I think decentralising decision-making would be the best way to ensure more even economic growth rather than have it all centred around Klang Valley and Penang. If municipalities were empowered to develop infrastructure and social services that help them grow their niche industries, Malaysian workers would be better off. Other countries have experimented with participatory budgeting where residents of a town or municipality gather up demands and requests for things like road repairs, a new bridge or community centre, and more community engagements. Democratic practices like these allow residents to become invested in the future of their town and become more aware of how it can be steadily enhanced. All this would allow for more responsive governance to build and recirculate community wealth as in the Preston Model.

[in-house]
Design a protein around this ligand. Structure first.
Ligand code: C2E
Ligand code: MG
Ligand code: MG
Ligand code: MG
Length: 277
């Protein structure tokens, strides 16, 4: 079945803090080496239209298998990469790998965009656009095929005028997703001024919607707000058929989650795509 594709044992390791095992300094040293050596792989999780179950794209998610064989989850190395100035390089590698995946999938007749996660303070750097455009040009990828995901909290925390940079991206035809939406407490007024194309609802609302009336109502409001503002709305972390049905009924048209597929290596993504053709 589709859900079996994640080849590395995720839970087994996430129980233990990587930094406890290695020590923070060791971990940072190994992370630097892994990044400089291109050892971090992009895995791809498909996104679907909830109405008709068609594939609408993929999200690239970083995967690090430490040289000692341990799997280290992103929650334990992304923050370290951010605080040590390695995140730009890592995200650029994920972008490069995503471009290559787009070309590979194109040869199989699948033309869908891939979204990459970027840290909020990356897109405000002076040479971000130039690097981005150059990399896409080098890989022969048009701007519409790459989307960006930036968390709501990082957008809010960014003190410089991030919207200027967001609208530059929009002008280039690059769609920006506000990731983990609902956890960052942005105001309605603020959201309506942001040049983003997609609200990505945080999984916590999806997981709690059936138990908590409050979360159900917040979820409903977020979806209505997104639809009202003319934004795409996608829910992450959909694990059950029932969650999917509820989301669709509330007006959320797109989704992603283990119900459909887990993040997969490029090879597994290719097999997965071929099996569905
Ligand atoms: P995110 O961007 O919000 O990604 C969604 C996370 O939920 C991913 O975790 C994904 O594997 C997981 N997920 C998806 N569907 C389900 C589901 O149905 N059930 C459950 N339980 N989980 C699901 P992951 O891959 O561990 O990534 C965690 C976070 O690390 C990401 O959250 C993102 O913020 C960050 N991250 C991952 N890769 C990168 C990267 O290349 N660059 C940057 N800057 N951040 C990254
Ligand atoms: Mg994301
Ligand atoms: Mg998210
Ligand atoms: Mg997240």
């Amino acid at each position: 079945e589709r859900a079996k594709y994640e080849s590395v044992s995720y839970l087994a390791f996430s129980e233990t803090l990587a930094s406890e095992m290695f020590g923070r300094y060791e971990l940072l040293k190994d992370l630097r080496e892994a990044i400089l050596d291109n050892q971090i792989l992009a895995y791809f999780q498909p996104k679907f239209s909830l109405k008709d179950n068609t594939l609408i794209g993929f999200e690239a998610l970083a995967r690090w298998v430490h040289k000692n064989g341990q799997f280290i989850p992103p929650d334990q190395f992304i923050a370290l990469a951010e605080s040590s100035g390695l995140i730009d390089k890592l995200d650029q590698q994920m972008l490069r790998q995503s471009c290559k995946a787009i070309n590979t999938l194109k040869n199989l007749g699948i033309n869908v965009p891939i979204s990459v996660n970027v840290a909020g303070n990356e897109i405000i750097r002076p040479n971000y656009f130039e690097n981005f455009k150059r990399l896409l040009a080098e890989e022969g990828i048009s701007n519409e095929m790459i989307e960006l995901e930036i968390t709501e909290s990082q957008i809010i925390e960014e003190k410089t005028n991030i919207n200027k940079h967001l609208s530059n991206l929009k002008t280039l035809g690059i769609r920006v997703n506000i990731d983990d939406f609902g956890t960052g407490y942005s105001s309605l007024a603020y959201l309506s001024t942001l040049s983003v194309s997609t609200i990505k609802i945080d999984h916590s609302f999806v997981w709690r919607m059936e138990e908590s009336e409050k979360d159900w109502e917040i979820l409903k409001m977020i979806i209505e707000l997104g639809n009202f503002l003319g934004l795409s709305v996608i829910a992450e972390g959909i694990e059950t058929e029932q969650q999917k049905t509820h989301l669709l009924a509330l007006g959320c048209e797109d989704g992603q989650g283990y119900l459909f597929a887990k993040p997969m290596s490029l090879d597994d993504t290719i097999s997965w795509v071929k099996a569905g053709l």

6. Building upon the concept of local empowerment, what specific job roles or sectors do you envision being expanded or introduced through such initiatives? How can the government leverage local resources and talents to create diverse job opportunities beyond the traditional labor-intensive industries?

My first go-to on this is nearly always food and agriculture, just because its demand is largely inelastic – everyone needs to eat no matter where you are in the country. On this count, I think the government has the right idea by putting a lot of funding into smart farming and trying to make agriculture appealing to young people. You may see a temporary rise in the price of food items but that would in the medium term be balanced out by the increase in incomes.